Given the type and volume of projects we work on at Purchasing Management International (PMI)—usually large and complex gaming projects—we are often asked, “What does a vendor need to do to work with our firm?”
So, I asked our team for their must-haves, the top five things that they look for in a vendor partner. What they told me was very interesting and useful for owners, designers and vendors in considering the perspective of what the top purchasing company in the gaming industry considers as important characteristics of a vendor.
The first consideration is responsiveness. How a vendor responds to our requests for quotes, product questions, lead times and information about their company sets the stage for future expectations about how that vendor will service the project.
Because of the unique nature of gaming projects, typically we expect the owner or senior leadership at the vendor to be involved in our projects. This helps with product knowledge, manufacturing authority, and corporate accountability when challenges arise due to the speed and/or the complexity of a gaming project. We want someone at the vendor who is invested in the success of our project and who has the authority to resolve our issues when we need him or her to step in.
The next consideration is the price/quality question. This may seem obvious, but in a gaming setting, the quality of the product is reflected in both design conformance and durability, and both of those requirements must be within the owner’s budget. We ask the question, “What type of gaming projects has the vendor worked on?” Is their type of product or service suitable for a gaming environment? If a vendor is not experienced in the gaming industry, has only worked on typical hospitality projects or is primarily a retailer, they may not have the resources or production expertise to deliver products that can hold up under the rigorous use of a gaming setting.
Our ability to evaluate the quality of a manufacturer goes hand-in-hand with a well-written specification from the interior designer. Fortunately, in the gaming industry, experienced interior designers deliver great specifications that provide both technical requirements and design requirements in a clear, concise format. This allows us to solicit accurate pricing for the specified product.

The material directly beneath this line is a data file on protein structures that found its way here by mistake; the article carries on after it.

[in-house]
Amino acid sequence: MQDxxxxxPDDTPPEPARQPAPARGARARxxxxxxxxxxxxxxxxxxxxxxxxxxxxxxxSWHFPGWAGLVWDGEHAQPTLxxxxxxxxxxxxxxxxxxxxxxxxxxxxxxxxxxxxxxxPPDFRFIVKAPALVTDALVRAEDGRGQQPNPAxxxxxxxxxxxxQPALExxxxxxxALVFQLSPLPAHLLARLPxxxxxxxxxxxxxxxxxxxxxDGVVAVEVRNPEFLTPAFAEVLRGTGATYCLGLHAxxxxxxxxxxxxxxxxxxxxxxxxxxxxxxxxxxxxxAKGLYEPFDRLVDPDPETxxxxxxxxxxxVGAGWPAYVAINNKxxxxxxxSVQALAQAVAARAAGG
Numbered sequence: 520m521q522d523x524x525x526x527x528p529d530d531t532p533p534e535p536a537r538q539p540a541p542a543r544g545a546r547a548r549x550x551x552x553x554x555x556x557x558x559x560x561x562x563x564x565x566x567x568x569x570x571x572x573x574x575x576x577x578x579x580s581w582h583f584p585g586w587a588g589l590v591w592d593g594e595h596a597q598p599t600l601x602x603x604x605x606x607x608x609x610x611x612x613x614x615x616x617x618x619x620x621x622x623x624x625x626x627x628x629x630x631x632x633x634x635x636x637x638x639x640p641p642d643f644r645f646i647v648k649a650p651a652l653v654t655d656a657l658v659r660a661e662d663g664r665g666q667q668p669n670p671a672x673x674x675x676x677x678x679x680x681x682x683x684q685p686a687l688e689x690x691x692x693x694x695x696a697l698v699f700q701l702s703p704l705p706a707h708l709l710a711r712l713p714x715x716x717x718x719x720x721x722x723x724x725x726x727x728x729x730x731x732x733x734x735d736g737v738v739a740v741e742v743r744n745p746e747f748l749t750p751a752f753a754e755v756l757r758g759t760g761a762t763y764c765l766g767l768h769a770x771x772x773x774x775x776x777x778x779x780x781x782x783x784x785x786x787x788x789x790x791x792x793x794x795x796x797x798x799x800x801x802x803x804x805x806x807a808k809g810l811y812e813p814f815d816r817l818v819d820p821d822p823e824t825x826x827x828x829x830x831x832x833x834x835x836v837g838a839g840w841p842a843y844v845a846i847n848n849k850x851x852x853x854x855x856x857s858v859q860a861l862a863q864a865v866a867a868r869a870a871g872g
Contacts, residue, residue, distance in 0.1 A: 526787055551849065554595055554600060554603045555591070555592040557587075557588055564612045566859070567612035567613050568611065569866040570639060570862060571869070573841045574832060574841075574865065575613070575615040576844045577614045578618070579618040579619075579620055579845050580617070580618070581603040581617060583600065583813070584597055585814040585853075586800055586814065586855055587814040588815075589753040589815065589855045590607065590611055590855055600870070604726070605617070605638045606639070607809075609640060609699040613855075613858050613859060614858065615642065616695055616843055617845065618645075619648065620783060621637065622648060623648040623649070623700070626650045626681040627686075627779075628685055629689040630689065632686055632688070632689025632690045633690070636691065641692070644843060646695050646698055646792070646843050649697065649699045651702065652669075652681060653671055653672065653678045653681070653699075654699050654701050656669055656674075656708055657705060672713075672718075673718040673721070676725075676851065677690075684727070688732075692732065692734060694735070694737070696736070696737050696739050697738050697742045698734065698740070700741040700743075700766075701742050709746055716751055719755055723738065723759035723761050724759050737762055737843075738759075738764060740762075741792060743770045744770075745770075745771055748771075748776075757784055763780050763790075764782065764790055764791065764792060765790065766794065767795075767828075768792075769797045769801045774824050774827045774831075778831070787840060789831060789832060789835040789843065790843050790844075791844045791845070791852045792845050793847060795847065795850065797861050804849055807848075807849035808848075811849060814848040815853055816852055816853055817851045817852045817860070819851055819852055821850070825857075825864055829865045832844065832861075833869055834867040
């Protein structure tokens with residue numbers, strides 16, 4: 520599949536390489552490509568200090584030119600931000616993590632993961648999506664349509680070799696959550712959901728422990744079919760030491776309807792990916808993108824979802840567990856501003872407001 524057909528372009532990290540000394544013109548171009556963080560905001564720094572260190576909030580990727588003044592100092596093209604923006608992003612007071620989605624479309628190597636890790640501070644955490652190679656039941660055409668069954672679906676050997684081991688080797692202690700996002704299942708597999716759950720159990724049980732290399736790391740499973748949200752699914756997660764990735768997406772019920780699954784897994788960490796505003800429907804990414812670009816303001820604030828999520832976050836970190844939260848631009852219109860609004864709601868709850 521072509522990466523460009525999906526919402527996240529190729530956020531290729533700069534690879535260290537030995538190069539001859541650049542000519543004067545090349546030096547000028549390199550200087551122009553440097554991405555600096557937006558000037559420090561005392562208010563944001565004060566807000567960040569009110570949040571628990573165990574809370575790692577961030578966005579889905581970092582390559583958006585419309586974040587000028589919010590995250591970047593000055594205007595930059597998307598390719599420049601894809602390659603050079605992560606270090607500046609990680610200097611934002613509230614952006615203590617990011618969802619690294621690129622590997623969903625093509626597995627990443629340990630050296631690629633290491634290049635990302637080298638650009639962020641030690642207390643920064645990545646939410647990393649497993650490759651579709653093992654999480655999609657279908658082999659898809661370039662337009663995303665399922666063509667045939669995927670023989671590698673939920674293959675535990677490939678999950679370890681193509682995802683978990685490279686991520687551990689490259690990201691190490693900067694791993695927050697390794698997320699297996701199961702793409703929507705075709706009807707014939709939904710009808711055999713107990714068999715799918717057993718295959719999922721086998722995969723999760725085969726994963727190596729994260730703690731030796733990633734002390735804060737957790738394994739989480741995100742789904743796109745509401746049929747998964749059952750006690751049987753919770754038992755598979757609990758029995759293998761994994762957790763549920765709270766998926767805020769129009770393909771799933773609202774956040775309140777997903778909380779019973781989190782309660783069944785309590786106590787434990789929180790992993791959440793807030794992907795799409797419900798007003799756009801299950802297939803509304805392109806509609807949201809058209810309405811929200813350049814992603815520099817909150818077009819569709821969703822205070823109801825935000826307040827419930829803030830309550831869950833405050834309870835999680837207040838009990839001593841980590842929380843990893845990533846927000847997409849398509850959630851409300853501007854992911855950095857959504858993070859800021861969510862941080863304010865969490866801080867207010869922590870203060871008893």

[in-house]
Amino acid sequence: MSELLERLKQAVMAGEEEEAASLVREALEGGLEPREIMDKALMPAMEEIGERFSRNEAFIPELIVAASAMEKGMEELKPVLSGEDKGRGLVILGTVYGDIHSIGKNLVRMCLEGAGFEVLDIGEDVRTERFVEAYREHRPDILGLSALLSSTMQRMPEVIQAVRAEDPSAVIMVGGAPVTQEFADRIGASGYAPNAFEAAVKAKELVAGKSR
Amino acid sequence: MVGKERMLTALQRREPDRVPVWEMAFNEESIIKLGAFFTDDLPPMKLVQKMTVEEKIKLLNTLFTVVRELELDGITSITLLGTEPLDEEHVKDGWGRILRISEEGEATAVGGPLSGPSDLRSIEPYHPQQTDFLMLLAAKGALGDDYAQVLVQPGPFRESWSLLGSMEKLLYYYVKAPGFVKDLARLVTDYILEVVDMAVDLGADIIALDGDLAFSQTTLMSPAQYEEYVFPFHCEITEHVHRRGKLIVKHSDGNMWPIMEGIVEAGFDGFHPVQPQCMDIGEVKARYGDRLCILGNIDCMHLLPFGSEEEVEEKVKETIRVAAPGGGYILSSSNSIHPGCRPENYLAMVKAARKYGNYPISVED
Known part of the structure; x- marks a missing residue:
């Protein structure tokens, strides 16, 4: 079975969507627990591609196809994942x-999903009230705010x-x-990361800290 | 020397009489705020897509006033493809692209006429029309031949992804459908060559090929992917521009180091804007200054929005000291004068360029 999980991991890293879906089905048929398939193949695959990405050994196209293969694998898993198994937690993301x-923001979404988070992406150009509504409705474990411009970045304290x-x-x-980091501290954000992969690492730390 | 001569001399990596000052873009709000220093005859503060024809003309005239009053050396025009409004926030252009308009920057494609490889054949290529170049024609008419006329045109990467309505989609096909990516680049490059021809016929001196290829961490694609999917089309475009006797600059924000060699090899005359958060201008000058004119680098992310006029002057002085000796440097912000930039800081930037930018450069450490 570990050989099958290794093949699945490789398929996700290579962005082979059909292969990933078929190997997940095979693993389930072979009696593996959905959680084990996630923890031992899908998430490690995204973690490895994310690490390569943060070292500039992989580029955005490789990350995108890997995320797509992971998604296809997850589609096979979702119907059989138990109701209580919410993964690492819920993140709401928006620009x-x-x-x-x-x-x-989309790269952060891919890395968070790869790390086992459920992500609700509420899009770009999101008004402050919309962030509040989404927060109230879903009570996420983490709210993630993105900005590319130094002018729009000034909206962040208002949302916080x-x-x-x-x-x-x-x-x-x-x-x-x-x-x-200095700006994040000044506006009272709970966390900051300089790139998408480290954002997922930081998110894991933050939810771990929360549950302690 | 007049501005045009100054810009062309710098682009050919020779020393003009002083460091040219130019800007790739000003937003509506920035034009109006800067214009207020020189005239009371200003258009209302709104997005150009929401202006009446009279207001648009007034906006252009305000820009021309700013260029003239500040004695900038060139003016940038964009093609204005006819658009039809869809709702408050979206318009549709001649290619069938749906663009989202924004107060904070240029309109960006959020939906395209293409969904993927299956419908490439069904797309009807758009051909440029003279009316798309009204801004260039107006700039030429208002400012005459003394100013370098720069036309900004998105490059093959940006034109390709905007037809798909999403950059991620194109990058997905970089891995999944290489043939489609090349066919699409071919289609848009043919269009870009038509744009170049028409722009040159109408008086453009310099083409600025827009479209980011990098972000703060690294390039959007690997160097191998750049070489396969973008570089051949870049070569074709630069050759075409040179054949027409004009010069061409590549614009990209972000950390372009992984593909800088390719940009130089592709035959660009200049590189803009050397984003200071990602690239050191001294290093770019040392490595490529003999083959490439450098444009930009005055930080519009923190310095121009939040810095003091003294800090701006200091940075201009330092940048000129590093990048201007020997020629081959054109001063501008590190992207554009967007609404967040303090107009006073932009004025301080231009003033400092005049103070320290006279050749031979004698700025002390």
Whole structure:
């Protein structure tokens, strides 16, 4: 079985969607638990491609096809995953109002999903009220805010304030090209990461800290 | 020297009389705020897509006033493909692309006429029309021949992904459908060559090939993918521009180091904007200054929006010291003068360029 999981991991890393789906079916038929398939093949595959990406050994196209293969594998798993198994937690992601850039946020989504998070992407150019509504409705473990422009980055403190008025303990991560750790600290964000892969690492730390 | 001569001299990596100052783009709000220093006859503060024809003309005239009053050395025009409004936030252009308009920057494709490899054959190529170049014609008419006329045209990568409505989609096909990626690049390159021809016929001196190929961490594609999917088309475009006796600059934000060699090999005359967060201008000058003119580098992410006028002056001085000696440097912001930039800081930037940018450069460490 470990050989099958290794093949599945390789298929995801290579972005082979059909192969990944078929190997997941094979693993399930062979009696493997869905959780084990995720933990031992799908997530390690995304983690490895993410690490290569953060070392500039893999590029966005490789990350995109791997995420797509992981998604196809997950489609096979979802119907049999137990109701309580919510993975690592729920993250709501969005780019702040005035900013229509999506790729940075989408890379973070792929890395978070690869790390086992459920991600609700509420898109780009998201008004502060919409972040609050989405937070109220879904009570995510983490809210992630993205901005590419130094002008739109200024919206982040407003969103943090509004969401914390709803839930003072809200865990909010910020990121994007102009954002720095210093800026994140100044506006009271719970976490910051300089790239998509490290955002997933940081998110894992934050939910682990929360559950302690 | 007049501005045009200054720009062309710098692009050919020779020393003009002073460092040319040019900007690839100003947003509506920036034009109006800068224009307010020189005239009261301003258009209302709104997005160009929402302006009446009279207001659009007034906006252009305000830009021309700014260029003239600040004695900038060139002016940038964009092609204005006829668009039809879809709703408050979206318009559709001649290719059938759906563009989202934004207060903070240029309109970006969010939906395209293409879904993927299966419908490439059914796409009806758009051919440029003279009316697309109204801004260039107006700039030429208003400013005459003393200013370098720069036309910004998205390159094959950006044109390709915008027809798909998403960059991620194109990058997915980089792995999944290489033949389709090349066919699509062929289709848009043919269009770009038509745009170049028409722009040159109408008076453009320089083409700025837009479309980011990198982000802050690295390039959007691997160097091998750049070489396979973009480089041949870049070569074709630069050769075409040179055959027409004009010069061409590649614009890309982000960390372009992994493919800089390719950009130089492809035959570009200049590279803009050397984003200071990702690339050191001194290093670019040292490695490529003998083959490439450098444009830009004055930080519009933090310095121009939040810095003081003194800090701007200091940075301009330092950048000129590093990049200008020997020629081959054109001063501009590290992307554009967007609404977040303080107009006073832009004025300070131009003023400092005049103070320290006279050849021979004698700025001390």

PMI often works with our gaming clients to develop conceptual FF&E budgets as part of the design process. This helps the designer and owner clearly know the budget constraints for each product and then make decisions relative to those constraints. Vendors that can understand those specifications, accurately quote, and produce accordingly are the type of vendors we look to work with.
Can a vendor meet our project deadlines? Are they reliable? Does a vendor say what they are going to do and then, do they do it? In a gaming setting, the timelines, delivery coordination and turnover dates are very closely coordinated between design, construction and operations. Vendors must be able to provide accurate information about their production capacity, lead times for production and delivery schedules so that the construction and operation teams can properly plan for installation and opening.
Those vendors that provide accurate information are preferred over those vendors that hold back bad news. Having a commitment from a vendor with the confidence that vendor is going to follow through is the foundation of relationships with vendors that are successful with PMI.
The next is proactiveness/efficiency. Everyone on a project team is constrained by time and staff resources. Vendors that are proactive in their approach to being part of the project team lead the way in working on the best gaming projects. This includes working closely with the designers for the necessary approvals to move production forward. If a vendor can produce accurate finish samples, shop drawings and prototypes the first time that capture the designer’s intent, the project moves forward more smoothly. At PMI, our method of expediting tracks those approvals and keeps in constant communication with vendors to identify threats to the schedule early in a project. Vendors that point out solutions and are creative in problem solving become a resource and partner rather than a burden and challenge to work with.
The final characteristic from our team is best described as fortitude. When something goes wrong on a project or there is a challenge with a product, the best vendors stand behind their product as part of the project team. They help identify the best way of fixing the problem rather than assigning blame. In the gaming industry, owners and designers are constantly pushing the edge of design and schedules, so having a vendor partner that is willing to stand firm as part of the team is invaluable.
In all the qualities we look for in a vendor, the key component in each is a willingness to have a relationship. The best project teams are not transactional and leverage the relationships, knowledge and energy of the entire project team, including our vendor partners. From a purchasing perspective, issuing the purchase order is just one part of moving the gaming industry forward to bigger, better projects.
Carl Long is senior vice president of Purchasing Management International